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A Bit Anti-Climatic & Then A Comedy of Errors

Sunday, February 16, 2014

My mother-in-law has Alzheimer's and the most common behaviours she has include paranoia, memory loss and hiding things. Last weekend, DH and I took her to a play but before we went, she was stressed about her daughter because she just noticed that her daughter's name was on her bank account statement but she doesn't remember setting up the joint account with MB (daughter). MB set up the joint account with her mum because she wanted to ensure that her bills were being paid and so if she lost her bank card again, MB could request a new one on her mum's behalf.

But her mum saw this as MB being interfering and spying on her. She also said that MB was dishonest because she kept insisting that she had returned her mum's health card and passport but since my MIL obviously didn't have them, and since being dishonest wasn't like MB, my MIL deduced MB probably was on the verge of a nervous breakdown. We ended the talk by promising her that all of her kids (MB, DH and TJ plus me and MB's DH) would come and visit her this Saturday (yesterday) so that she could air her grievances.

So, I called her yesterday morning and she was in good spirits and remembered that we were all coming to her house in the afternoon but I don't think she remembered why and I didn't want to tell her and then possibly ruin her good mood. She said that I had to remind her at the grocery store to pick up some treats for her company later in the day.

At the grocery store, I tried to steer her towards healthy snacks like a fruit platter and some blueberries that were on sale but she also insisted on getting two kinds of cookies and she definitely wanted ice cream. I suggested a small tub but she was having none of that because she wanted some leftover so she could have more when we were gone. emoticon We compromised on the ice cream and bought some strawberry frozen yogurt instead.

I dropped her off at home and told her we'd probably arrive around 3:30 and that the most important thing for her to remember was to put the fro-yo in the freezer when she got upstairs (which she did).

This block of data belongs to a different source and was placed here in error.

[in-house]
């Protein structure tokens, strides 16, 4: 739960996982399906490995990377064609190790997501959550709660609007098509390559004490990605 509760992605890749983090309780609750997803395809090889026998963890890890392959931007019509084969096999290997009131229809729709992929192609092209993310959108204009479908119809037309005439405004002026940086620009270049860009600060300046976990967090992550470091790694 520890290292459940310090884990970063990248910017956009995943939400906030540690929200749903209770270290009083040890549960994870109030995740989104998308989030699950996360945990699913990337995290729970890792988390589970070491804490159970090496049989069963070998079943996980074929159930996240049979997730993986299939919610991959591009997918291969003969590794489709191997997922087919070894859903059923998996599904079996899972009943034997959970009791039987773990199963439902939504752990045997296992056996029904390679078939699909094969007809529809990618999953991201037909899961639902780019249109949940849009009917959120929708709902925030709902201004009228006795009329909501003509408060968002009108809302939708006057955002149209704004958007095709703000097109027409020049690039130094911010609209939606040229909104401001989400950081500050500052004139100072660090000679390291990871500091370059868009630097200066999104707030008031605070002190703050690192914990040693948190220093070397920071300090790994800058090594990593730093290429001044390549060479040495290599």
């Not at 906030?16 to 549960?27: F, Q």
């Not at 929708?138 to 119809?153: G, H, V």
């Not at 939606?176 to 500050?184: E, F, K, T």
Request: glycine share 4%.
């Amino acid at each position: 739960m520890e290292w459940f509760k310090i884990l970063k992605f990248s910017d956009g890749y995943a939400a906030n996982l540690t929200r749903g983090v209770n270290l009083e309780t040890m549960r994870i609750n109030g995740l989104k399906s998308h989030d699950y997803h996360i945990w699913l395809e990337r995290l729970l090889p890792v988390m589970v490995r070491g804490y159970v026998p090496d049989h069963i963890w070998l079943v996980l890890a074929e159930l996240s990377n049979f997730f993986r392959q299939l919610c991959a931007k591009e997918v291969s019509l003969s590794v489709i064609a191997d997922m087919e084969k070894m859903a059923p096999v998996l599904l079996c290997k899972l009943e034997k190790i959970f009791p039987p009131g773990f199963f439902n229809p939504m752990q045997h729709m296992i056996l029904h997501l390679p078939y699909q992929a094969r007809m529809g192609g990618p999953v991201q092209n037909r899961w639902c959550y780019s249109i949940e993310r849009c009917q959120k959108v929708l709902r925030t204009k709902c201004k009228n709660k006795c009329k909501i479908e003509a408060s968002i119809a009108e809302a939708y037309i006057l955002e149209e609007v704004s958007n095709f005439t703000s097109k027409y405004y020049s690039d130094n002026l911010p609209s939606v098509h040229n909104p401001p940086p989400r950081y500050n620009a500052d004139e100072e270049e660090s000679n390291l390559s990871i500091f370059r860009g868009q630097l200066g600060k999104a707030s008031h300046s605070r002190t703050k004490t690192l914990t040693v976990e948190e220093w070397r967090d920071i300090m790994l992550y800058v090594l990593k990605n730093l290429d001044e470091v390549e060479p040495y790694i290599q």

The family plan was that the kids were going to meet ahead of time to review what MIL told DH and me last weekend and go over our game plan. I brought the book that I had bought and distributed to each of the kids two weeks ago, The 36-Hour Day by Nancy Mace & Peter V. Rabins, which was recommended to me by a friend whose dad had Alzheimer's and she found it really helpful.

The main points that came out of this pre-meeting were:

- that we would let my MIL lead the day and the talk and go from there

- we wouldn't talk about her medications which she's not taking unless she brought it up. (DH met with her doctor a couple of weeks ago and he said that her not taking them wasn't life-threatening and that they would just help with her memory so if she didn't take them, it wasn't the end of the world.)

- we would take her concerns seriously and not try to talk her out of them

- we would stay calm no matter what happened

We got there just before 4 and in addition to the treats she had bought earlier in the day, TJ had brought a Valentine's cake because it was marked down to $1.99 and he just couldn't pass up the deal.

Initially, we just made chit chat and then I started to get hungry so asked MIL if I could get the fruit platter out of the fridge and that started everyone moving to the table to put out the "food" so that we could eat. It wasn't the most healthy "dinner" I've ever had but it was definitely sweet. I had strawberries, blueberries, pineapple, cantaloupe, 3 very slim pieces of cake and about half a cup of the fro-yo. (I was desperate for real food by the time we got home around 8 and made a salad.)

When we were mostly done eating, MB brought up whether her mum had found her health card yet and her mum said that MB hadn't returned it to her yet (MB had) and I guess they came to some kind of agreement that maybe her mum should just look in her purse to confirm she didn't have it (I wasn't paying any attention at that point) but when she went into the bedroom to find her purse to check, I went with her.

First of all, her purse was hidden in her really cluttered closet behind lots of shoe boxes on the floor of the closet.

She pulled out her wallet (really just a plastic folder like the kind that your insurance and ownership might come in) and we took all her cards out and lo and behold, there was her health card. So, I yelled into the other room that she had her health card but that it had expired last July. We put everything back into her purse and left the room with me leading. Unfortunately, I didn't notice that she had hidden her purse again but in a different spot this time.

DH said that if he could have his mum's health card, he could find out what was needed to renew it so that she wouldn't have to so we headed back to the bedroom to get her purse and the card and guess what? We couldn't find the damn purse! emoticon